New details and a timeline for the Rose Lane Project—the Portland Bureau of Transportation’s (PBOT) plan to add bus-only lanes to streets throughout the city—emerged at Thursday evening’s Portland City Council meeting. The project’s overarching goal will be racial equity in commute times, and it will also aim to make public transit a more viable option for all Portlanders.
Specific plans for the Rose Lane Project won’t be announced until later this month, but Thursday’s meeting marked the kick-off for the project’s public review phase. Commissioner Chloe Eudaly introduced a report on the project by noting that in order to achieve the city’s goals of reducing carbon emissions and traffic fatalities, more Portlanders need ditch their cars more often.
“For those of us who live in walkable, bike-able, transit-rich neighborhoods, that should be easily achievable,” said Eudaly, who oversees PBOT. “But for the nearly 50 percent of Portlanders who don’t live in such neighborhoods, or have such long commutes that public transportation is not a viable option, we have to do better.”
Eudaly announced her plans to add red-painted, transit-priority lanes to Portland streets in a Willamette Week article earlier this year. Just last week, PBOT painted its first red bus lane in downtown Portland—but while that red paint was used to distinguish a lane that was already bus-only, the Rose Lane Project will take things a step further by transforming some car lanes into bus-only lanes for many blocks at a time.
Jamey Duhamel, who serves as Eudaly's policy director, said that planning for the Rose Lane Project is focused on the “ways transportation can improve lives, create economic opportunity, decrease displacement, increase safety, and slow down the impending climate catastrophe.”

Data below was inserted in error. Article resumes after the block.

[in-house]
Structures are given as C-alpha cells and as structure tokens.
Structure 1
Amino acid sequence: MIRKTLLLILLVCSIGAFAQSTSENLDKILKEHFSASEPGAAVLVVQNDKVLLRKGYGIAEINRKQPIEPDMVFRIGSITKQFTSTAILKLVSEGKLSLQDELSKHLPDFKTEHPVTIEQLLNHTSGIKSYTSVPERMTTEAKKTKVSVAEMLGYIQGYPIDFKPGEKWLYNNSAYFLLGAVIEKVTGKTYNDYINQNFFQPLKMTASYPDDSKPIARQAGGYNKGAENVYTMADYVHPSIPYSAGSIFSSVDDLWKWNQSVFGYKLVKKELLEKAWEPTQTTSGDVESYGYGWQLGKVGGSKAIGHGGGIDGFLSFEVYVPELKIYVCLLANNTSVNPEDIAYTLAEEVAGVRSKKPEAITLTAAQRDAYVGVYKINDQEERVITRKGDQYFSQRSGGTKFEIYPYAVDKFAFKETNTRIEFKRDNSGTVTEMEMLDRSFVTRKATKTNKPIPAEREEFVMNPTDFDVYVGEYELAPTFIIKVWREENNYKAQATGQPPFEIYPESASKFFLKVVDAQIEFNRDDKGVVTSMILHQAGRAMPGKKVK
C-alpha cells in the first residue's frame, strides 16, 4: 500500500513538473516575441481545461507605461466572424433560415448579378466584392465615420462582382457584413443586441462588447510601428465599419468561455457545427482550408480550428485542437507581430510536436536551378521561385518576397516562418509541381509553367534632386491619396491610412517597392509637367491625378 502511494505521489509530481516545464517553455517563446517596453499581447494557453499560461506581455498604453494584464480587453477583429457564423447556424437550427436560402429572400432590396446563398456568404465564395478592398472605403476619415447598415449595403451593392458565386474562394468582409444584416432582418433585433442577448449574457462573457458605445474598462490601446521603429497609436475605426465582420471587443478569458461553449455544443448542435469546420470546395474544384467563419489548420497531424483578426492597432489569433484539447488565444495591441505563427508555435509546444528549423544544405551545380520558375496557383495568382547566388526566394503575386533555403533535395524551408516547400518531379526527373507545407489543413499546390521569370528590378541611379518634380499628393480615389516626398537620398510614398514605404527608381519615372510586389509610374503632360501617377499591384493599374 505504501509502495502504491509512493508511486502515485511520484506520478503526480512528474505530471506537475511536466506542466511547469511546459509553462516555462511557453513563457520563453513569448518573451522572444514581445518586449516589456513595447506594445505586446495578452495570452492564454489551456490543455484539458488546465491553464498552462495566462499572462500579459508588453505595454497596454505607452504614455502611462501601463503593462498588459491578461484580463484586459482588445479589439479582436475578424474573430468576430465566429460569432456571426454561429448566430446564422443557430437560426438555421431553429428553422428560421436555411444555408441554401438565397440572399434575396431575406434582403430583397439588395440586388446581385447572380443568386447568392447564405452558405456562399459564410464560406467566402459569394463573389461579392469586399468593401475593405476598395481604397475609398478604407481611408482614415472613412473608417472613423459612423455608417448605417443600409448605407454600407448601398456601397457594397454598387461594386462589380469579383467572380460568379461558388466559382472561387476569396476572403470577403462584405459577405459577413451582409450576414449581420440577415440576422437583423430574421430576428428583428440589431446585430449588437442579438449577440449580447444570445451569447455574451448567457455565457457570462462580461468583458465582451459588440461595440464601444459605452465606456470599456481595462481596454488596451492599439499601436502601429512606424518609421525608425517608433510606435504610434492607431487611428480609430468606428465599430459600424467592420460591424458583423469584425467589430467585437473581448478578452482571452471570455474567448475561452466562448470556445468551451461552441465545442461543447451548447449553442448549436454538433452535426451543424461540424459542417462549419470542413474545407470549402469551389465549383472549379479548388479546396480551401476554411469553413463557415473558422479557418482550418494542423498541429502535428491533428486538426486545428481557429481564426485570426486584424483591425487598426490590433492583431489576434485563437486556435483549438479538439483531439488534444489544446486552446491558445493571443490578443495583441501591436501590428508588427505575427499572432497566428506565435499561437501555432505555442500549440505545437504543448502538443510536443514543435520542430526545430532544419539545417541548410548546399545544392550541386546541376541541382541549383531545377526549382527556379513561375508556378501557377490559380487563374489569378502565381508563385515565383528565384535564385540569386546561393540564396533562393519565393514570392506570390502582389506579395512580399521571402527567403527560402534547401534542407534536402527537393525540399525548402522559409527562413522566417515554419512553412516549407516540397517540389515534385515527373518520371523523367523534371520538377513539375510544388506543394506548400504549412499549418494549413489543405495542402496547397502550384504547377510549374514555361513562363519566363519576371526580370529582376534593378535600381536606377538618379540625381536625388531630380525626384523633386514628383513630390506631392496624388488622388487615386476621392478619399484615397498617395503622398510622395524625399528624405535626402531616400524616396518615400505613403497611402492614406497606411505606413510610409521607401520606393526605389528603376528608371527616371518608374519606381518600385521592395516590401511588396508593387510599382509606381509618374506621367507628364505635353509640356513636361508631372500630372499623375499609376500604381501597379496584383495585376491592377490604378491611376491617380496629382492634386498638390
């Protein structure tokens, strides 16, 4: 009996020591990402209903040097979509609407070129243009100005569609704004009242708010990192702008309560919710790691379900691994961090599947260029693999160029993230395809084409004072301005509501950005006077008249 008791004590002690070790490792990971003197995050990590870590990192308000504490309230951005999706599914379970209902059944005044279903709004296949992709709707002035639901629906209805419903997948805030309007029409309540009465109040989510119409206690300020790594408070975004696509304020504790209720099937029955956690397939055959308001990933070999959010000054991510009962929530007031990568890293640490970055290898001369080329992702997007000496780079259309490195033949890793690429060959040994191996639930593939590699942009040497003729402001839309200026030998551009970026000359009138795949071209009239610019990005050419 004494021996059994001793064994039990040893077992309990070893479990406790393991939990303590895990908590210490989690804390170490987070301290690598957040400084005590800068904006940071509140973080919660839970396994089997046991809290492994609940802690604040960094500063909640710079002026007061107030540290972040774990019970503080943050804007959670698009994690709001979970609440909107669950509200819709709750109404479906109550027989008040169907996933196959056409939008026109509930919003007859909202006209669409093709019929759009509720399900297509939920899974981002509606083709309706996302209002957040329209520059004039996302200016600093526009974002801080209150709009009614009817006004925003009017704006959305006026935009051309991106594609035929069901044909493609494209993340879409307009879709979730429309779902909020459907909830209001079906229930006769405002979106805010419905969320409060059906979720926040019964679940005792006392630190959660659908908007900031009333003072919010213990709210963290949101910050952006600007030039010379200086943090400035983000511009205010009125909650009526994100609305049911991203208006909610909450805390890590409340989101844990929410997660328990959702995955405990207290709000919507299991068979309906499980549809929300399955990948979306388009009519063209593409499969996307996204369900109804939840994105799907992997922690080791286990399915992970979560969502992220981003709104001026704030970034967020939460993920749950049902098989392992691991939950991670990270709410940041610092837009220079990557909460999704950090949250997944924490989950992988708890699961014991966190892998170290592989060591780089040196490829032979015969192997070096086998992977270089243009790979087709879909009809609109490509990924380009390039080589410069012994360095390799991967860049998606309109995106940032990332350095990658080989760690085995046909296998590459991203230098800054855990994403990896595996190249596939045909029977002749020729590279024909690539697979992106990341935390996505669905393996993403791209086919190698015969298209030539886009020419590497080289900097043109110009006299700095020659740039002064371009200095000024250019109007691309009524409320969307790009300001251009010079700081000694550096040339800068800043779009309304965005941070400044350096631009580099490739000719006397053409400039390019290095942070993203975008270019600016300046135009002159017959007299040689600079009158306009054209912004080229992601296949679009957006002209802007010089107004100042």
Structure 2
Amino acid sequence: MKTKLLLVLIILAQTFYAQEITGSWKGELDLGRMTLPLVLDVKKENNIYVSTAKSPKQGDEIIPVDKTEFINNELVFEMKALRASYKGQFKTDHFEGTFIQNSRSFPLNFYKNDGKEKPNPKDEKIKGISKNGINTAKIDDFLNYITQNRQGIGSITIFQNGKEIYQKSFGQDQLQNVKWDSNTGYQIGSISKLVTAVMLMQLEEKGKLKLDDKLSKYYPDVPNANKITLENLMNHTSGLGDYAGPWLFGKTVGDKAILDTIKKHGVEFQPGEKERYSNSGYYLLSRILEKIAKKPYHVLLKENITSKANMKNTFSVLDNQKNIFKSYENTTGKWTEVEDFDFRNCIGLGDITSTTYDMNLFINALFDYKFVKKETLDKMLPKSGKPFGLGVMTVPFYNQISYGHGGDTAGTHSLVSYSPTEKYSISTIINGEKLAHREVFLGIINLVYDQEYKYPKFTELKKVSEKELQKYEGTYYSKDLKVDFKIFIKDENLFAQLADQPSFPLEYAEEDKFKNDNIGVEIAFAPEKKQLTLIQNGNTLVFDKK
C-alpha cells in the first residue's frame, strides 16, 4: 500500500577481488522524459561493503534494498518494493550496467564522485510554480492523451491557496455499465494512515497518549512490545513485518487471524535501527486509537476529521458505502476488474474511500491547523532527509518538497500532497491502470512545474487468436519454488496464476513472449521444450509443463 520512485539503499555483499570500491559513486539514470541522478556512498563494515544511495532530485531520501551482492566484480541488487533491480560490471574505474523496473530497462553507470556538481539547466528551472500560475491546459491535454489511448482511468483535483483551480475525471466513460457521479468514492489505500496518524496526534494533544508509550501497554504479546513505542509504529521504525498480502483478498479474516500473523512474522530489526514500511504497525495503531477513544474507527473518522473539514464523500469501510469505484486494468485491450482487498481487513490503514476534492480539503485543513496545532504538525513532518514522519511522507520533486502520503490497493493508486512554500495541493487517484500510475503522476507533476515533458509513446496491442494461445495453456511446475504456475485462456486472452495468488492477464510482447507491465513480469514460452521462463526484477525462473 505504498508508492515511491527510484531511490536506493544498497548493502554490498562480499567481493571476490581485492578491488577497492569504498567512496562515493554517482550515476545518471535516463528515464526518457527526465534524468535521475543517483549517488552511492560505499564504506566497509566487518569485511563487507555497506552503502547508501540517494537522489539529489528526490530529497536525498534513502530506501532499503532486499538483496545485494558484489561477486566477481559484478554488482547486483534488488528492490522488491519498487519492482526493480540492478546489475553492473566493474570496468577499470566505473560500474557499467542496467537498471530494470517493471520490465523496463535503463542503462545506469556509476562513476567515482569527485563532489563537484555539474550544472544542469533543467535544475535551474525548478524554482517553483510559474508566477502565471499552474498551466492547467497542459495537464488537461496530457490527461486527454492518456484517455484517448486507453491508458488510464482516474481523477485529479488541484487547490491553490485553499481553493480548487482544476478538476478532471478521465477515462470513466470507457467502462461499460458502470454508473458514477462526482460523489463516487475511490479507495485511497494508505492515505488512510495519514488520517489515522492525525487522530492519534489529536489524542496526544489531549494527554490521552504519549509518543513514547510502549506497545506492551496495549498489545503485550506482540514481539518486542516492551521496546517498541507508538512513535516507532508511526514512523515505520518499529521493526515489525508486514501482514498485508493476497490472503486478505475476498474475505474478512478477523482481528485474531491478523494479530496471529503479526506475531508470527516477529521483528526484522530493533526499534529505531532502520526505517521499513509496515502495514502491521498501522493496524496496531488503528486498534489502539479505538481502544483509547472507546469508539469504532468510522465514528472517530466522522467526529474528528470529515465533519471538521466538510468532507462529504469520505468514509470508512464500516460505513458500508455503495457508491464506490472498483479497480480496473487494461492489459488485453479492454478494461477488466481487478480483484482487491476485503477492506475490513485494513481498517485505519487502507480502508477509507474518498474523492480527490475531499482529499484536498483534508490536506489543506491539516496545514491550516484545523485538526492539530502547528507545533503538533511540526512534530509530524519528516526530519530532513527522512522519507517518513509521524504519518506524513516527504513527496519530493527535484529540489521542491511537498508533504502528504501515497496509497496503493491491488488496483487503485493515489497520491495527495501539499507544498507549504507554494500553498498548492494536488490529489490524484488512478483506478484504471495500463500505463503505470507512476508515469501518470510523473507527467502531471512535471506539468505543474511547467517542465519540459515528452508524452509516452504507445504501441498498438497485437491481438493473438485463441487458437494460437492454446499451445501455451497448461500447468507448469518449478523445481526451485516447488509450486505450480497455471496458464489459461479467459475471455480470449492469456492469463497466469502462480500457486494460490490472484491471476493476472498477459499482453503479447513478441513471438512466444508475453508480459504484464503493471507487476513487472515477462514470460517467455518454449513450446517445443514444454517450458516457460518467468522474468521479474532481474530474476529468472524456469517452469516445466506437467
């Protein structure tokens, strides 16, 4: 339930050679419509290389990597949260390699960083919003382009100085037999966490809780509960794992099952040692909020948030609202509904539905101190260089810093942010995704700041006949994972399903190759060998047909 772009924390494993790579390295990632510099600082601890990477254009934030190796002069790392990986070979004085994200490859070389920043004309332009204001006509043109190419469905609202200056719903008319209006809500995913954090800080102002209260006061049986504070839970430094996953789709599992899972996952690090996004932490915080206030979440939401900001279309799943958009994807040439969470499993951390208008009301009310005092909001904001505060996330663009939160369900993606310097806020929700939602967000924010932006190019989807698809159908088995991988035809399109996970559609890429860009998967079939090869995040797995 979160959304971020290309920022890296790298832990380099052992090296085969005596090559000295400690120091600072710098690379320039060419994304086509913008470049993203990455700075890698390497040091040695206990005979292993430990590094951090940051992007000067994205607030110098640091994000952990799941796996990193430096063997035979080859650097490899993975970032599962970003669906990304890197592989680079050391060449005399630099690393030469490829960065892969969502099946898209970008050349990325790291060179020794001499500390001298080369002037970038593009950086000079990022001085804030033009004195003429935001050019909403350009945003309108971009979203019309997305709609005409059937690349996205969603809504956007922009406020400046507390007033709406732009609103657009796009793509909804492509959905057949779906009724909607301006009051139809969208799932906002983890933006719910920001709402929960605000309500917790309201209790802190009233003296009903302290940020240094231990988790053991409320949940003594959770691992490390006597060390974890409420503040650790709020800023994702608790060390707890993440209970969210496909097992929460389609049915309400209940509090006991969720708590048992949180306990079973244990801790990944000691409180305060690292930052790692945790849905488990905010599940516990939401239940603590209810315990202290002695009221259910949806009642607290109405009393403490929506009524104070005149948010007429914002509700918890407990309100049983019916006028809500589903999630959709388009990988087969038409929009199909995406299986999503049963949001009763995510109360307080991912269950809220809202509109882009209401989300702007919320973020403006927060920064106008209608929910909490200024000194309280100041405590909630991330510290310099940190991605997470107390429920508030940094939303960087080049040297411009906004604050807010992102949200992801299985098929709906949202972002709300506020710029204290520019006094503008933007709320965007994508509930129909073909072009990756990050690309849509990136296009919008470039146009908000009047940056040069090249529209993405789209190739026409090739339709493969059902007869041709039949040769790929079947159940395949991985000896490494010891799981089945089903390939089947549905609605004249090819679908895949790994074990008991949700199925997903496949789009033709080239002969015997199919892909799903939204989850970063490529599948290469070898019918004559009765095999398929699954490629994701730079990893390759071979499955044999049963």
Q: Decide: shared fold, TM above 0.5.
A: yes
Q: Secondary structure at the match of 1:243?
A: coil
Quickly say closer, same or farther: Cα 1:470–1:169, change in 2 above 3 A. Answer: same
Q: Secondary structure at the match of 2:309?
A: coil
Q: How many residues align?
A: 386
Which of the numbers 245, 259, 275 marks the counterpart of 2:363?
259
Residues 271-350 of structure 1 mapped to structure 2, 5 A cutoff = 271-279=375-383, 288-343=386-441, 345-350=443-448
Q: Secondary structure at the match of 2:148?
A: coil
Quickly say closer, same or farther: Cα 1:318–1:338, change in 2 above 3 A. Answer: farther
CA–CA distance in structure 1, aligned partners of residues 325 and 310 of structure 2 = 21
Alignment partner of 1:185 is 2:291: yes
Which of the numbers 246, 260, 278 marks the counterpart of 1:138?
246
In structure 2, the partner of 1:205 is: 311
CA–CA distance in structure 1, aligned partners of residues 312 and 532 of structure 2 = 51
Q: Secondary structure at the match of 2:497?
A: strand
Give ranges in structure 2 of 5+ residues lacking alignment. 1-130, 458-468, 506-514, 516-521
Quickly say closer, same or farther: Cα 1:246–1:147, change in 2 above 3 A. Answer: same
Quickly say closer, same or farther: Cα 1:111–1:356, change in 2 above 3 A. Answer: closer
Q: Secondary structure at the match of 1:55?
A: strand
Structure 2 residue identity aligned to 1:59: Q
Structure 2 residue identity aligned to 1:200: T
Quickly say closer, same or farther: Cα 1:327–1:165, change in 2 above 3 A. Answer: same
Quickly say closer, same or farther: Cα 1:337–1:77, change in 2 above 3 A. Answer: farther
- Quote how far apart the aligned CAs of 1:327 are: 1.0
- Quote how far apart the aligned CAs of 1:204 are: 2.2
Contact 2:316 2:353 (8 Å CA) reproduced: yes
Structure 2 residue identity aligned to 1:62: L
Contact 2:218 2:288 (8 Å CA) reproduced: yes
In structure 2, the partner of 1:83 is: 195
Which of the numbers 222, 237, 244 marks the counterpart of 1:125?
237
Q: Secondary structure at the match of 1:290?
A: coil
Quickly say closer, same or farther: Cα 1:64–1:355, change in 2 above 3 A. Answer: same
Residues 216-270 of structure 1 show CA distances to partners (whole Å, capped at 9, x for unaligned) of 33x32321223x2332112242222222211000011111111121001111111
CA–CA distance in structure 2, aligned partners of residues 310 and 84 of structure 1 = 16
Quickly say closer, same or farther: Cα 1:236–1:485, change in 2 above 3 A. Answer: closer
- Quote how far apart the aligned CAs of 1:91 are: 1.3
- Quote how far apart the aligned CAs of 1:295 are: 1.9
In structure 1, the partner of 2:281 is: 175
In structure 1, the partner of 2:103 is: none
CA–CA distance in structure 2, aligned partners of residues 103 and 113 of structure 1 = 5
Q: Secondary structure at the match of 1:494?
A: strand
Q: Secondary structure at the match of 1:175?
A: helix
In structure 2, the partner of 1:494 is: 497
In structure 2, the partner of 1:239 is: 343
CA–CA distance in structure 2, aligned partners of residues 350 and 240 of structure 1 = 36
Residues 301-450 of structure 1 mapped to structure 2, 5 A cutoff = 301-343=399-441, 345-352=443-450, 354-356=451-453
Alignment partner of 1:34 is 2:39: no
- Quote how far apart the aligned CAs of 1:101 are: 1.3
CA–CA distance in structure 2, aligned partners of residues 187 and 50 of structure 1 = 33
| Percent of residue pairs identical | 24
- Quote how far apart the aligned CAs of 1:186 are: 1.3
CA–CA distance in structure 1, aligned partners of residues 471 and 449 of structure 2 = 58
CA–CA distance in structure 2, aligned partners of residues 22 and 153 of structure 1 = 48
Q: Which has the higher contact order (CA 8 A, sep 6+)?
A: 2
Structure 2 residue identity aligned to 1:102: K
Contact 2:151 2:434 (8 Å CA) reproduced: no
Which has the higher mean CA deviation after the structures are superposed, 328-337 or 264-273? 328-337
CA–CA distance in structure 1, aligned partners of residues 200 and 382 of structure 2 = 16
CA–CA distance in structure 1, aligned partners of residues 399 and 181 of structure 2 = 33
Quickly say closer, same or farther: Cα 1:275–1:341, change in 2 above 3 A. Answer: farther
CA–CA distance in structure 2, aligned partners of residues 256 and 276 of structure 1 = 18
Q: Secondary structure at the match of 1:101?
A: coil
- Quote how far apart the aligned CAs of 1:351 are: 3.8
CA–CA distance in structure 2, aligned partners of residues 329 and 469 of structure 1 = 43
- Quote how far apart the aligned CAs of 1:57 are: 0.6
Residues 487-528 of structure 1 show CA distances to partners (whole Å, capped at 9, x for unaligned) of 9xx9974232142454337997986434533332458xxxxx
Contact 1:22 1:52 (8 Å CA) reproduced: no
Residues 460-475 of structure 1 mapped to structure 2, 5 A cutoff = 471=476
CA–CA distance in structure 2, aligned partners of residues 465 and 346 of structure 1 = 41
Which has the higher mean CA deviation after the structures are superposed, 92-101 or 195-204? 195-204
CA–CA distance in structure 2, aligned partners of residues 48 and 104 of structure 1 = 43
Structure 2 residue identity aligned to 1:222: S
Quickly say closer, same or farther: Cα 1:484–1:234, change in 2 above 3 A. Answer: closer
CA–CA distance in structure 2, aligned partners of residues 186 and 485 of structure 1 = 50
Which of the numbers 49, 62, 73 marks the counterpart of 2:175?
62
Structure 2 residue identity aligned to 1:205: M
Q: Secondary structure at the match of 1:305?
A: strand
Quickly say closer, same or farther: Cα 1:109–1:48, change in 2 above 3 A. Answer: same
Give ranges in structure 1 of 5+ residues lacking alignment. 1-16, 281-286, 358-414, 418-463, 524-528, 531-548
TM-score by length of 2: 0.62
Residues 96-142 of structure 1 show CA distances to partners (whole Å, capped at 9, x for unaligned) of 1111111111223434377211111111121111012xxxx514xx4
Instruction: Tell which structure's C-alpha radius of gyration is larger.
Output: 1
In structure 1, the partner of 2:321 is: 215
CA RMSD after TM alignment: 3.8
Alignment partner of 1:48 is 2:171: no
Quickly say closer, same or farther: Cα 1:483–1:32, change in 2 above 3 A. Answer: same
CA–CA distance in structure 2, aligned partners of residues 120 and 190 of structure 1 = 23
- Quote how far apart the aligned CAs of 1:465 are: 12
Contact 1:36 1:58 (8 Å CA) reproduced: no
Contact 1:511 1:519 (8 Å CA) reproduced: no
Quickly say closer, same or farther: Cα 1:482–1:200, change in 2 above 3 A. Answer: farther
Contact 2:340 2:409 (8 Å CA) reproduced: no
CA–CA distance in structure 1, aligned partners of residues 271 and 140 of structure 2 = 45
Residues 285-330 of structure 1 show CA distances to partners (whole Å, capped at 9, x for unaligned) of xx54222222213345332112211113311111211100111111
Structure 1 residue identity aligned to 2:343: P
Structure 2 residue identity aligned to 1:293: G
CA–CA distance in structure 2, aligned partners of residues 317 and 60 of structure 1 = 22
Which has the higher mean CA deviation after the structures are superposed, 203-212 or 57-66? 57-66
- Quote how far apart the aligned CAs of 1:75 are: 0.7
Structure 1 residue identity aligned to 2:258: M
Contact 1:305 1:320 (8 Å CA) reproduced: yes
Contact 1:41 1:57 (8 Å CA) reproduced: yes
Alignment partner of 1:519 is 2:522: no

Duhamel named five key goals for the project, outlined here in a slide:
“We found there was a big difference in average commute times when broken down by race,” Duhamel said when explaining the project’s overarching goal of making commute times more equitable. “The data tells us that the average Black commuter spends an extra five minutes, one-way, just to get to work.”
Duhamel noted that while five minutes “doesn’t sound like a lot,” it adds up to 40 hours a year. She added that by aiming to close that commute time gap, PBOT would inherently be working toward other valuable goals: speeding up public transit, reducing carbon emissions, and giving people more control over where they choose to live and work.
“When we center justice for people of color, we are also centering climate action, and economic opportunity,” she said.
After PBOT unveils the street-specific plans for the Rose Lane Project later this month, it will hold three open houses for public input in December. The plan is expected to go before City Council for a vote in February. PBOT hopes to begin installing Rose Lane Project lanes next year.